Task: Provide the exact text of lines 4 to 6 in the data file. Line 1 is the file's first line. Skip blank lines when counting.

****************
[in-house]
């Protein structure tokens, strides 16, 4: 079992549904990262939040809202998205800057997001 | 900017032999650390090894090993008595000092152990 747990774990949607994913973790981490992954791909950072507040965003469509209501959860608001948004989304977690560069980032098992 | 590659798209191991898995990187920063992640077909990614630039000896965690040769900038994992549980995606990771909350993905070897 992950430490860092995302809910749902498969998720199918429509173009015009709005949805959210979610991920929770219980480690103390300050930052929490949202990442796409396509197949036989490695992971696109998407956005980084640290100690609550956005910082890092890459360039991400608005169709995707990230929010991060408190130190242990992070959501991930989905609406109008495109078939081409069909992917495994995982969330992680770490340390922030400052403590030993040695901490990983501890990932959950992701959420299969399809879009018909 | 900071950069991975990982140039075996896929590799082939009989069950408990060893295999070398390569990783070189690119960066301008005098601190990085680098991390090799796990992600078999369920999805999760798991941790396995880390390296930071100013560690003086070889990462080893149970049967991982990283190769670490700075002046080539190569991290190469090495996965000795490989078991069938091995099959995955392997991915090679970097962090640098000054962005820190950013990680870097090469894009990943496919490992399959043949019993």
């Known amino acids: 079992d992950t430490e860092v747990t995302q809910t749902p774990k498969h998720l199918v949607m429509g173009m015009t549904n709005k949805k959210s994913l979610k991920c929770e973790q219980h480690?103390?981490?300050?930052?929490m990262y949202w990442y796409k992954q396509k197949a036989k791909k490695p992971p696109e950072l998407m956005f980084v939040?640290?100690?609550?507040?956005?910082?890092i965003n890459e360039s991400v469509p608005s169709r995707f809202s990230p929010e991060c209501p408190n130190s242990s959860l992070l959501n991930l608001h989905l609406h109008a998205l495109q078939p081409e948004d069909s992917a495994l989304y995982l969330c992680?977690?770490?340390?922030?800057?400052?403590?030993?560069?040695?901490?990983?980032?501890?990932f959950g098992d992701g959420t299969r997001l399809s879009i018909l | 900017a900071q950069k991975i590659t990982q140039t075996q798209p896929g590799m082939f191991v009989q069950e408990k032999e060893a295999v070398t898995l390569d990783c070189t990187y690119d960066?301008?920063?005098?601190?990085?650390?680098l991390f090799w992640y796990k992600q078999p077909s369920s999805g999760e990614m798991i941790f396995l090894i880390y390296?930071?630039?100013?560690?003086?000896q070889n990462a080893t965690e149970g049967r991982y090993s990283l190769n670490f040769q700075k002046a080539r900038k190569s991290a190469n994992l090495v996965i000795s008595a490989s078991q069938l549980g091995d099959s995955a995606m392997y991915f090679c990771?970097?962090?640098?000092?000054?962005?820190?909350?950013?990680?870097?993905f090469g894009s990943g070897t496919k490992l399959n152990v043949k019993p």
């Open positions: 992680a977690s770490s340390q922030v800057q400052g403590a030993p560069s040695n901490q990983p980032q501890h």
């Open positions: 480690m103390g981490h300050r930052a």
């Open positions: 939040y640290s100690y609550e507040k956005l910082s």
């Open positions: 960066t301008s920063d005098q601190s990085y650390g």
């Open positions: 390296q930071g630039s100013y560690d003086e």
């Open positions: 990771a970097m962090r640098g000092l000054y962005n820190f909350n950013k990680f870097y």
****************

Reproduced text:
């Open positions: 992680a977690s770490s340390q922030v800057q400052g403590a030993p560069s040695n901490q990983p980032q501890h």
């Open positions: 480690m103390g981490h300050r930052a």
């Open positions: 939040y640290s100690y609550e507040k956005l910082s």